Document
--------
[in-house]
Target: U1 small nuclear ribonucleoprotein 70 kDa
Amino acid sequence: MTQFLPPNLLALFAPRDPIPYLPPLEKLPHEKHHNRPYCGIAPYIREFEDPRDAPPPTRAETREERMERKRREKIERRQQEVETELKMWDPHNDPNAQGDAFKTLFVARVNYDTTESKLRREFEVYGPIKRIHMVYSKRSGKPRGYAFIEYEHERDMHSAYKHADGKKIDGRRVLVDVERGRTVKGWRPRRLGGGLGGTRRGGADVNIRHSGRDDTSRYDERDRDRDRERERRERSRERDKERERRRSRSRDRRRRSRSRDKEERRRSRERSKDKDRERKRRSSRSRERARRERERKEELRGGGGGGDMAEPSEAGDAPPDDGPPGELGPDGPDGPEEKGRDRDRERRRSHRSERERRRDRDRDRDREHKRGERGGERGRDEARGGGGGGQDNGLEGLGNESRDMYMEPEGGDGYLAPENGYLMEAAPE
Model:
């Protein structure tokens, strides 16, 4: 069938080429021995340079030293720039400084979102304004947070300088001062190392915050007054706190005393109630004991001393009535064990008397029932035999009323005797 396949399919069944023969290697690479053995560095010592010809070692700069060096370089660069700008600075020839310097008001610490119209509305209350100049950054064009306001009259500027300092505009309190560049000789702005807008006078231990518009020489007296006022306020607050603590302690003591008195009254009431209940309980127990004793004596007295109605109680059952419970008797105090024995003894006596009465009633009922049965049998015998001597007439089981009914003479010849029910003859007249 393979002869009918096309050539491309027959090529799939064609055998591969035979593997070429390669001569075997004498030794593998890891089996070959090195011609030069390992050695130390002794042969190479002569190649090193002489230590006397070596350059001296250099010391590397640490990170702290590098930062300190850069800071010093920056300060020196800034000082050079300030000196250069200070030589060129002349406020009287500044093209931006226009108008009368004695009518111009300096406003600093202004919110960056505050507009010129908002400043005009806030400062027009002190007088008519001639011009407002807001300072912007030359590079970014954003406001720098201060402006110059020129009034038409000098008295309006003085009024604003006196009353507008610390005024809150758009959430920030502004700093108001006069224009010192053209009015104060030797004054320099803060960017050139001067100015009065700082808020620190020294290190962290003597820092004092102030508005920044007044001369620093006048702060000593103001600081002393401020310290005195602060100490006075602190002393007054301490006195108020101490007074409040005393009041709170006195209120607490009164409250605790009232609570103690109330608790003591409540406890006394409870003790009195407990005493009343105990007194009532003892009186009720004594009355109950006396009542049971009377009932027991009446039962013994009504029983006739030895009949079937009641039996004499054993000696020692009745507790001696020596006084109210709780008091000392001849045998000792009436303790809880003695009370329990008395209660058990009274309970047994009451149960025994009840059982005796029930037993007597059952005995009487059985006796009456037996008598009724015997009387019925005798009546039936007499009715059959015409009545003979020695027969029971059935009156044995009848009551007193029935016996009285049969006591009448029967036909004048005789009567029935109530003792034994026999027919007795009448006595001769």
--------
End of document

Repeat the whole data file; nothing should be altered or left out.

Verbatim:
[in-house]
Target: U1 small nuclear ribonucleoprotein 70 kDa
Amino acid sequence: MTQFLPPNLLALFAPRDPIPYLPPLEKLPHEKHHNRPYCGIAPYIREFEDPRDAPPPTRAETREERMERKRREKIERRQQEVETELKMWDPHNDPNAQGDAFKTLFVARVNYDTTESKLRREFEVYGPIKRIHMVYSKRSGKPRGYAFIEYEHERDMHSAYKHADGKKIDGRRVLVDVERGRTVKGWRPRRLGGGLGGTRRGGADVNIRHSGRDDTSRYDERDRDRDRERERRERSRERDKERERRRSRSRDRRRRSRSRDKEERRRSRERSKDKDRERKRRSSRSRERARRERERKEELRGGGGGGDMAEPSEAGDAPPDDGPPGELGPDGPDGPEEKGRDRDRERRRSHRSERERRRDRDRDRDREHKRGERGGERGRDEARGGGGGGQDNGLEGLGNESRDMYMEPEGGDGYLAPENGYLMEAAPE
Model:
């Protein structure tokens, strides 16, 4: 069938080429021995340079030293720039400084979102304004947070300088001062190392915050007054706190005393109630004991001393009535064990008397029932035999009323005797 396949399919069944023969290697690479053995560095010592010809070692700069060096370089660069700008600075020839310097008001610490119209509305209350100049950054064009306001009259500027300092505009309190560049000789702005807008006078231990518009020489007296006022306020607050603590302690003591008195009254009431209940309980127990004793004596007295109605109680059952419970008797105090024995003894006596009465009633009922049965049998015998001597007439089981009914003479010849029910003859007249 393979002869009918096309050539491309027959090529799939064609055998591969035979593997070429390669001569075997004498030794593998890891089996070959090195011609030069390992050695130390002794042969190479002569190649090193002489230590006397070596350059001296250099010391590397640490990170702290590098930062300190850069800071010093920056300060020196800034000082050079300030000196250069200070030589060129002349406020009287500044093209931006226009108008009368004695009518111009300096406003600093202004919110960056505050507009010129908002400043005009806030400062027009002190007088008519001639011009407002807001300072912007030359590079970014954003406001720098201060402006110059020129009034038409000098008295309006003085009024604003006196009353507008610390005024809150758009959430920030502004700093108001006069224009010192053209009015104060030797004054320099803060960017050139001067100015009065700082808020620190020294290190962290003597820092004092102030508005920044007044001369620093006048702060000593103001600081002393401020310290005195602060100490006075602190002393007054301490006195108020101490007074409040005393009041709170006195209120607490009164409250605790009232609570103690109330608790003591409540406890006394409870003790009195407990005493009343105990007194009532003892009186009720004594009355109950006396009542049971009377009932027991009446039962013994009504029983006739030895009949079937009641039996004499054993000696020692009745507790001696020596006084109210709780008091000392001849045998000792009436303790809880003695009370329990008395209660058990009274309970047994009451149960025994009840059982005796029930037993007597059952005995009487059985006796009456037996008598009724015997009387019925005798009546039936007499009715059959015409009545003979020695027969029971059935009156044995009848009551007193029935016996009285049969006591009448029967036909004048005789009567029935109530003792034994026999027919007795009448006595001769």